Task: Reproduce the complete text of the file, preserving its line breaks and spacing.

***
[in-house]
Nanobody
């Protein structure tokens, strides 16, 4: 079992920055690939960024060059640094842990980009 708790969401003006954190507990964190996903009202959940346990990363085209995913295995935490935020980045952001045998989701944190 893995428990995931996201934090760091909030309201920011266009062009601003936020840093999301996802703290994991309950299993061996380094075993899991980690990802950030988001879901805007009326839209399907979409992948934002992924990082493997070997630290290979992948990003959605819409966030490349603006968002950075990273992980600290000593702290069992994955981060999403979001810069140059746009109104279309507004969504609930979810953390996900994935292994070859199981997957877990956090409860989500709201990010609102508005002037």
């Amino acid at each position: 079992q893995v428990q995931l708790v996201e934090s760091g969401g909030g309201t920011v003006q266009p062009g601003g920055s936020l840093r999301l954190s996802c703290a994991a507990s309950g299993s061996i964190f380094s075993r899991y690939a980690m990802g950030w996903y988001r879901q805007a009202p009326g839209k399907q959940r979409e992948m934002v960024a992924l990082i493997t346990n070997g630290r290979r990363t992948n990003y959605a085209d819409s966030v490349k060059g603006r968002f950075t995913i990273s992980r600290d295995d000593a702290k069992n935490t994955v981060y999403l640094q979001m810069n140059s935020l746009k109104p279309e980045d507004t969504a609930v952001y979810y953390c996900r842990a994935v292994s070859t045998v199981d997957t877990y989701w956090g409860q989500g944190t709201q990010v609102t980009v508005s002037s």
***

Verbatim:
[in-house]
Nanobody
């Protein structure tokens, strides 16, 4: 079992920055690939960024060059640094842990980009 708790969401003006954190507990964190996903009202959940346990990363085209995913295995935490935020980045952001045998989701944190 893995428990995931996201934090760091909030309201920011266009062009601003936020840093999301996802703290994991309950299993061996380094075993899991980690990802950030988001879901805007009326839209399907979409992948934002992924990082493997070997630290290979992948990003959605819409966030490349603006968002950075990273992980600290000593702290069992994955981060999403979001810069140059746009109104279309507004969504609930979810953390996900994935292994070859199981997957877990956090409860989500709201990010609102508005002037």
């Amino acid at each position: 079992q893995v428990q995931l708790v996201e934090s760091g969401g909030g309201t920011v003006q266009p062009g601003g920055s936020l840093r999301l954190s996802c703290a994991a507990s309950g299993s061996i964190f380094s075993r899991y690939a980690m990802g950030w996903y988001r879901q805007a009202p009326g839209k399907q959940r979409e992948m934002v960024a992924l990082i493997t346990n070997g630290r290979r990363t992948n990003y959605a085209d819409s966030v490349k060059g603006r968002f950075t995913i990273s992980r600290d295995d000593a702290k069992n935490t994955v981060y999403l640094q979001m810069n140059s935020l746009k109104p279309e980045d507004t969504a609930v952001y979810y953390c996900r842990a994935v292994s070859t045998v199981d997957t877990y989701w956090g409860q989500g944190t709201q990010v609102t980009v508005s002037s």